This is the reason why Software Engineers can work with a DOZEN Programming Languages.

This is the reason why software engineers can work with a dozen programming languages. Learn how software engineers can master multiple programming languages and frameworks. Find out why this skill is essential for the future of software development.
This is the reason why Software Engineers can work with a DOZEN Programming Languages.

Article assumes that the reader has a little knowledge of Programming.

Take a look at the languages we use. It’s mostly object-oriented (OO) languages.

Sure, the syntax might be different, but you’ll find 3 common structures:

1. Sequence 2. Selection 3. Iteration


It just means that our programs execute top to bottom, left to right. This is the typical behavior for any program we write.

Let’s look at an example of C ++:

Ok, it might be a stupid program but look at it.

How does this program execute ?

First, it’ll include the iostream library. Then, it'll use the std namespace. Finally, it'll declare the main() function which will be called by some other code and then the code inside main() will execute.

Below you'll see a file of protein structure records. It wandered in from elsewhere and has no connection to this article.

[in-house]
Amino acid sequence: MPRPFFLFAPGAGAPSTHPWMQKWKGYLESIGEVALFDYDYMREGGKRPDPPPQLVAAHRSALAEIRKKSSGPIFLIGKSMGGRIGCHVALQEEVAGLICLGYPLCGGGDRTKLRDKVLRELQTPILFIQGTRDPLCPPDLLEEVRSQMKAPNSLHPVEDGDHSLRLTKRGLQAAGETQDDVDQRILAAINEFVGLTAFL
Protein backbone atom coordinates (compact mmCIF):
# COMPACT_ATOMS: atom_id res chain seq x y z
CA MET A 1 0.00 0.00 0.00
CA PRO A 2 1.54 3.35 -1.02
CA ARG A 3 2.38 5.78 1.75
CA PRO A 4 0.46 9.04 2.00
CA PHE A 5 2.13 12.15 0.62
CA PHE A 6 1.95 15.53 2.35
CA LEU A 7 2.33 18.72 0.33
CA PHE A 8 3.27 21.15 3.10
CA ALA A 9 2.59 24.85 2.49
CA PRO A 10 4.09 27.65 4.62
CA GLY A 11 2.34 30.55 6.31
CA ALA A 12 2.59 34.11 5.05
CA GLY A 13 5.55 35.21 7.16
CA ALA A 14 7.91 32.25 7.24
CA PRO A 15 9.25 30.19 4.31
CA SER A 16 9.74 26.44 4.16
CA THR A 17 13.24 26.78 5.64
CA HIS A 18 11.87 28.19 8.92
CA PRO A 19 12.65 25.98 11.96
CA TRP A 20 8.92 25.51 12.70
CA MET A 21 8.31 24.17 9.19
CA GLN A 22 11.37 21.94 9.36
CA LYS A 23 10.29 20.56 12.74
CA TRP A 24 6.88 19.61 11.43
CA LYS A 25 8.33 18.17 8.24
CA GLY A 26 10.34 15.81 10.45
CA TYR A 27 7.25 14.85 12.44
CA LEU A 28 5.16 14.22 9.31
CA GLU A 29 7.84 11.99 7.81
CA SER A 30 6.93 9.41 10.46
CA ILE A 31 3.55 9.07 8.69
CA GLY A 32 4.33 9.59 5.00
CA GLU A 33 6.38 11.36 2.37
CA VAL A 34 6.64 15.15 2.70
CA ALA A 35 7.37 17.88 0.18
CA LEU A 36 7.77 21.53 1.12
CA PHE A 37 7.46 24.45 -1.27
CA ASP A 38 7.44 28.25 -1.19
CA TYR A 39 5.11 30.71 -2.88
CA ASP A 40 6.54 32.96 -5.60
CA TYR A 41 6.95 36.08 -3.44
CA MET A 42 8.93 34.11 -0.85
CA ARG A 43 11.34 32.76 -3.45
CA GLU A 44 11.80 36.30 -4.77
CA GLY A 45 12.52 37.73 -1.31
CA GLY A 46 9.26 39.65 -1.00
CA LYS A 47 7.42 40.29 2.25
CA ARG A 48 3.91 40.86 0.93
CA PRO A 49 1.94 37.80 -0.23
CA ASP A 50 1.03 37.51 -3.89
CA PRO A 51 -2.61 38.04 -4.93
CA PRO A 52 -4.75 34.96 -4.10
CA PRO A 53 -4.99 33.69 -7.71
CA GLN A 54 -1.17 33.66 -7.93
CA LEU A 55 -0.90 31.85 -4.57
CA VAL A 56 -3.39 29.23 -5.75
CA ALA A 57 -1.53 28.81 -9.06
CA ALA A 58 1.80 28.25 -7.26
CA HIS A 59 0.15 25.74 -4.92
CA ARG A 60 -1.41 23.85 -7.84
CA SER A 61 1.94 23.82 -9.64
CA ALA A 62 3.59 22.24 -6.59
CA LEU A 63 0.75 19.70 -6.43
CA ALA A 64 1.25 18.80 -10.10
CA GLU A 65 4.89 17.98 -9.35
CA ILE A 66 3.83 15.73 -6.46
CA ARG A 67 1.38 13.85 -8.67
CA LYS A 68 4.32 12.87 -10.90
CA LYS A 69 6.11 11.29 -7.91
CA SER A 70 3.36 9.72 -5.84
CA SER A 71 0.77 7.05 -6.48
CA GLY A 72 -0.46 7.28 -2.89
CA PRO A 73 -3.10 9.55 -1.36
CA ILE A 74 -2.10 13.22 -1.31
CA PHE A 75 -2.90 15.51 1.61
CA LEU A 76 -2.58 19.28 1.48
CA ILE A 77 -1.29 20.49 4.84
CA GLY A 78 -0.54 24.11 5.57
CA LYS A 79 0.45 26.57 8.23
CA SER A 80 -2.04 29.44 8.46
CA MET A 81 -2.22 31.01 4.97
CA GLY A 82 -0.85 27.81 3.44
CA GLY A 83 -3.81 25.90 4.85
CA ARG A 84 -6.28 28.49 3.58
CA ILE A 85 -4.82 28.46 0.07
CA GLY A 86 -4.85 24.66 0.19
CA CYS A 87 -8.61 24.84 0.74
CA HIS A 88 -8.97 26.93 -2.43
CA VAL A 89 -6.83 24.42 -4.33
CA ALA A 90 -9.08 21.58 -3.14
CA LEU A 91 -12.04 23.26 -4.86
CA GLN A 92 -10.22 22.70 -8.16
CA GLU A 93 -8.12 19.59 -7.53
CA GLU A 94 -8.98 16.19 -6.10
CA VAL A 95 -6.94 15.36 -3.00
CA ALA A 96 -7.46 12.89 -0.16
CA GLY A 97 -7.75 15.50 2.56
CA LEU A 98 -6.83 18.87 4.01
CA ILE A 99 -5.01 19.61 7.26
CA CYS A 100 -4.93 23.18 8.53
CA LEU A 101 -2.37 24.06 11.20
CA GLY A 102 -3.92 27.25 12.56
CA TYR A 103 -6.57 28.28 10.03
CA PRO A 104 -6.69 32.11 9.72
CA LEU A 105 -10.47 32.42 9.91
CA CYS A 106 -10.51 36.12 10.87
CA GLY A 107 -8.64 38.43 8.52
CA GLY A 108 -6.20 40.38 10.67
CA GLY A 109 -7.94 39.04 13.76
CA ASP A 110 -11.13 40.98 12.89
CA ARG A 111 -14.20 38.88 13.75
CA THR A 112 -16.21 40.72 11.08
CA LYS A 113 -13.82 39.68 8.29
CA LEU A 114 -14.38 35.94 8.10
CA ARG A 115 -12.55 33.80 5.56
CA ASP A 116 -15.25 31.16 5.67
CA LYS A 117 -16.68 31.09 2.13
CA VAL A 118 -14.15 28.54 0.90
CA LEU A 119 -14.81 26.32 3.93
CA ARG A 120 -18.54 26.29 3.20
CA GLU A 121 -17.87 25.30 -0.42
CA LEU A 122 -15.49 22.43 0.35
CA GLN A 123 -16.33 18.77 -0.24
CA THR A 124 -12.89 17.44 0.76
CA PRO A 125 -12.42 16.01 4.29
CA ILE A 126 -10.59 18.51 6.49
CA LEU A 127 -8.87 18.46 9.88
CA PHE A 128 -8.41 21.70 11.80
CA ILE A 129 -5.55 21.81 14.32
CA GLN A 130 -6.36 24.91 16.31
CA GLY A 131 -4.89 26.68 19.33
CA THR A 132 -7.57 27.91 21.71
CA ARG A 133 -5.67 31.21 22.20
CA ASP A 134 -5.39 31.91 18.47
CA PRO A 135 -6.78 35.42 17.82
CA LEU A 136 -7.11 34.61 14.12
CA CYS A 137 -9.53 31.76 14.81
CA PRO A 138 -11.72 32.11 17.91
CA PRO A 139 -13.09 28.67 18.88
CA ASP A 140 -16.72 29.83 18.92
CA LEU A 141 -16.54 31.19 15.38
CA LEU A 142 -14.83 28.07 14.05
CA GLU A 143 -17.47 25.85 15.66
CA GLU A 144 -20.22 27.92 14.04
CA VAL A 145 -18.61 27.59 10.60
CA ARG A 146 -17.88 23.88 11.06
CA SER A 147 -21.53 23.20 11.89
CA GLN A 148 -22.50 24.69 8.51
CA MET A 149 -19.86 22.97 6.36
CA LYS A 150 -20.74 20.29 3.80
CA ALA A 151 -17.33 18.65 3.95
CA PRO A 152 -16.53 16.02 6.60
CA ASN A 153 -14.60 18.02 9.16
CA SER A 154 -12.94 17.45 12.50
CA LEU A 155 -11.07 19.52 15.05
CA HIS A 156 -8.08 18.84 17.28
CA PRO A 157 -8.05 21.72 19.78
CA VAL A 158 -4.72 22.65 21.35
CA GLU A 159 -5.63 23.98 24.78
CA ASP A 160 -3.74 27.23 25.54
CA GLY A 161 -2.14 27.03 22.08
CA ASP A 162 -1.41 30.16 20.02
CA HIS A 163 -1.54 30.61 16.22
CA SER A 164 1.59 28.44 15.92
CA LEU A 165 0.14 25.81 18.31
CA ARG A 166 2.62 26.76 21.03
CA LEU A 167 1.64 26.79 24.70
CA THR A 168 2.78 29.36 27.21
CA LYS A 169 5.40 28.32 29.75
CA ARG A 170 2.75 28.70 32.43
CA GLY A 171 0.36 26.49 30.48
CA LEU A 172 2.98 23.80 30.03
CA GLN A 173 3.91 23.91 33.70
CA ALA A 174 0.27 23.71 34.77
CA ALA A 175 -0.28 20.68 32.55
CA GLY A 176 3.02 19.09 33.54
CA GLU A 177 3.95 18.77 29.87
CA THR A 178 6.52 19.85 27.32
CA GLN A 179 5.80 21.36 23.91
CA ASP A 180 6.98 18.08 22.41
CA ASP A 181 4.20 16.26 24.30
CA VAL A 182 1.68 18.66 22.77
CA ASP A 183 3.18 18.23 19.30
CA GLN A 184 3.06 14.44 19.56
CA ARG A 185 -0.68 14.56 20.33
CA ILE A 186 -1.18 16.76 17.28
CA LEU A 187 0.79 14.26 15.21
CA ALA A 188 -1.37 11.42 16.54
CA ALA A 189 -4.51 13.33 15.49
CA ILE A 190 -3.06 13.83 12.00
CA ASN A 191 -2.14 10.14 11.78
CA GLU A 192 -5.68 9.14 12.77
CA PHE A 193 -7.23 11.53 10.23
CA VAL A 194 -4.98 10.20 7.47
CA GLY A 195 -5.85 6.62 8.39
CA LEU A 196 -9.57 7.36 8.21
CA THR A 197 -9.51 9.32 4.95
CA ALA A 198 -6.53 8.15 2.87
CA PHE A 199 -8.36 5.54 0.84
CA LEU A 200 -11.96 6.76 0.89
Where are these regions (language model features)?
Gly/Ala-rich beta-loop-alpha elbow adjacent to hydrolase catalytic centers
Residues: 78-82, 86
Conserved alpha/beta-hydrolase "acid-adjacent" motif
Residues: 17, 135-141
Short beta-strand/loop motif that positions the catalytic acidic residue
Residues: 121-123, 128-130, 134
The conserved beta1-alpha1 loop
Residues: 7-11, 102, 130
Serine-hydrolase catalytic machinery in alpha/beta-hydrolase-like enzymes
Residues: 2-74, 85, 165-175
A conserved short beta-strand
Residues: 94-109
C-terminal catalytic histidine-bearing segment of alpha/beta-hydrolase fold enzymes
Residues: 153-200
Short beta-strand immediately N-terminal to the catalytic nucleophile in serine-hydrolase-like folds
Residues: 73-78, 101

In short, the code executes from top to bottom and left to right.


The branches in our program. These are the if statements.

Let look at another example, this time in JavaScript :

let myItem = 10
let threshold = 3
if(myItem > threshold) {
console.log("My Item is Valuable")
} else {
 console.log("My Item is Common")

Here, we have branches in our program.

Since myItem is greater than threshold , the branch that says console.log("My Item is Valuable") will execute and the one that says console.log("My Item is Common") will not execute.


The loops in our program.

It’s time for an example again, and this time in Dart :

Here, we have a for loop that executes in a loop (Pun Intended).

What the for loop does is iterate until some kind of a condition is false, in this case when i < items.length the loop will run and the loop will stop as soon as i >= items.length .

You’ll see these 3 everywhere (except a few languages like PROLOG). In fact, this has been the case ever since a programming language was introduced.

This means that, if you were to suddenly travel back in time to when programming was first done, then you might faint with the slowness of the computer but eventually you’d be able to write a program fluently.

Also, if we brought someone from back then to our time, then he/she might faint looking at the technological advancement but he/she would be able to program in today’s programming language easily.

So, once you have the grasp of the basics, it’s just the matter of Syntax (which you can Google, by the way) and you’ll be programming in any language as smooth as butter.